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>  News Releases >   2002 >   January

Dartmouth students build their own Main Street

Posted 01/19/02

To most people the name "Main Street" evokes the plate glass storefronts and tree-lined sidewalks of a prototypical American town. But to Shirley Lin and Jeanette Park, co-founders of Main Street: Dartmouth's Asian American and Cross-Cultural Magazine, "Main Street" is Flushing, N. Y., an Asian community ensconced in one of the country's most ethnically diverse regions, a place where cultures intersect in a rich milieu of language, food and custom.

"My neighbors were French, Italian, Cuban, Dominican, Colombian, Ecuadorian, Chinese, Bangladeshi, Indian and Pakistani," said Lin, a senior majoring in Spanish and Women's Studies. She and fellow senior Park, a History and Sociology major, grew up in Elmhurst and Little Neck, N.Y., respectively, and attended the same high school: Stuyvesant. For both, the diversity of their hometown fed their desire to create a publication at Dartmouth that reflected the polyphony of voices on campus.

"Calling the magazine Main Street was a desire to evoke that image of Middle America, and, at the same time, to challenge that idea," said Park. "It's also a reference back to the community. The main thoroughfare through Flushing really is called Main Street."

Though Lin and Park were only acquaintances in high school, they found themselves traveling similar paths through college. Both are Asian American; Lin's parents emigrated from Hong Kong, while Park is Korean American. Both are involved in the College's many Asian student organizations, including the Pan Asian Council. And both developed a strong interest in creating a publication that would generate discussion about the ideas and issues that arose at the council's meetings while also highlighting noted campus visitors like Ang Lee, Yo-Yo Ma, and Vijay Prashad.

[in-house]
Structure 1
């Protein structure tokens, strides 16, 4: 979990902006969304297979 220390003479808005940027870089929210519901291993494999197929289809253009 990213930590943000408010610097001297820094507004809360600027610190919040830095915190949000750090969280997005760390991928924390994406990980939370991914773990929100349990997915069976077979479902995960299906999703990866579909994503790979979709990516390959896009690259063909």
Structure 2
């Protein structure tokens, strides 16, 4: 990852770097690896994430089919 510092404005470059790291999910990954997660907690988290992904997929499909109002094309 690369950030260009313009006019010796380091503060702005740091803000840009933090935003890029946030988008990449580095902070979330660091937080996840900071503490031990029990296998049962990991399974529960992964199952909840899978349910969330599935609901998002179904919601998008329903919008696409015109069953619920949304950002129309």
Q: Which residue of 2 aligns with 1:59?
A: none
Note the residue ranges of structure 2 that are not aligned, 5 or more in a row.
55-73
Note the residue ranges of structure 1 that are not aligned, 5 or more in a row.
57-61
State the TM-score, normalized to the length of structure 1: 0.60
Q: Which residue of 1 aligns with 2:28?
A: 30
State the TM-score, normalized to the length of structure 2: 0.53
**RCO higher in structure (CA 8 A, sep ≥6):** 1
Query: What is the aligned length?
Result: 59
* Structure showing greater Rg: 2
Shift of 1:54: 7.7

"What happened," said Park, "is that we were in the basement of the library and I went up to Shirley and said, 'We need to put together an Asian American magazine at Dartmouth.'"

They forged a partnership that has lasted through four complete issues and the planning of a fifth, with no end in sight. They began by putting together an editorial team of seven--only two of whom had prior publication experience--and with the support of Dartmouth's Asian and Asian American Student Advisor, Nora Yasumura, produced a full-bleed, black-cover, thirty-six page magazine with news, features, opinion and photography. Lin and Park co-wrote the cover article, "Transitions," which examined changes in the Asian American community at Dartmouth.

"Our goals were to promote awareness in the Dartmouth community as a whole and to increase scholarship in Asian American issues," said Park.

Both are proud of Main Street's editorial quality. Past articles have included discussions of campus issues, such as the College's diversity initiative, national issues like anti-Asian hate crimes, and international problems like dam building in India, a piece for which the writer, Swati Rana '02, interviewed the noted Indian author Arundhati Roy.

"We spend so much time discussing and arguing and picking over every piece that I feel very confident about the relevance and accuracy of what we publish," said Lin.

Now, with the magazine heading into its second year and its founders moving closer to graduation, Lin and Park are preparing to pass the torch to others in the Dartmouth community. They've organized a board of Dartmouth faculty and staff to advise the publication and have sought out younger students to work both as writers and editors. They've continued to expand the magazine's mission to include articles about non-Asian cultural issues and social justice. The magazine is also growing--Main Street's latest issue is 60 pages long.

"It's a continually evolving mission," said Park. "I think it's always been about the people involved in the project and it will continue to reflect their concerns and what is important to Dartmouth."

After graduation, Lin will pursue opportunities in publishing while Park plans to attend law school. They say their experiences at Dartmouth and with Main Street have provided them with both a strong journalistic and intellectual background, as well as the practical knowledge of editing and publishing a magazine.

"I definitely feel that what we learned at Dartmouth, we can bring back home," said Lin. "Main Street is something we'll always carry with us."

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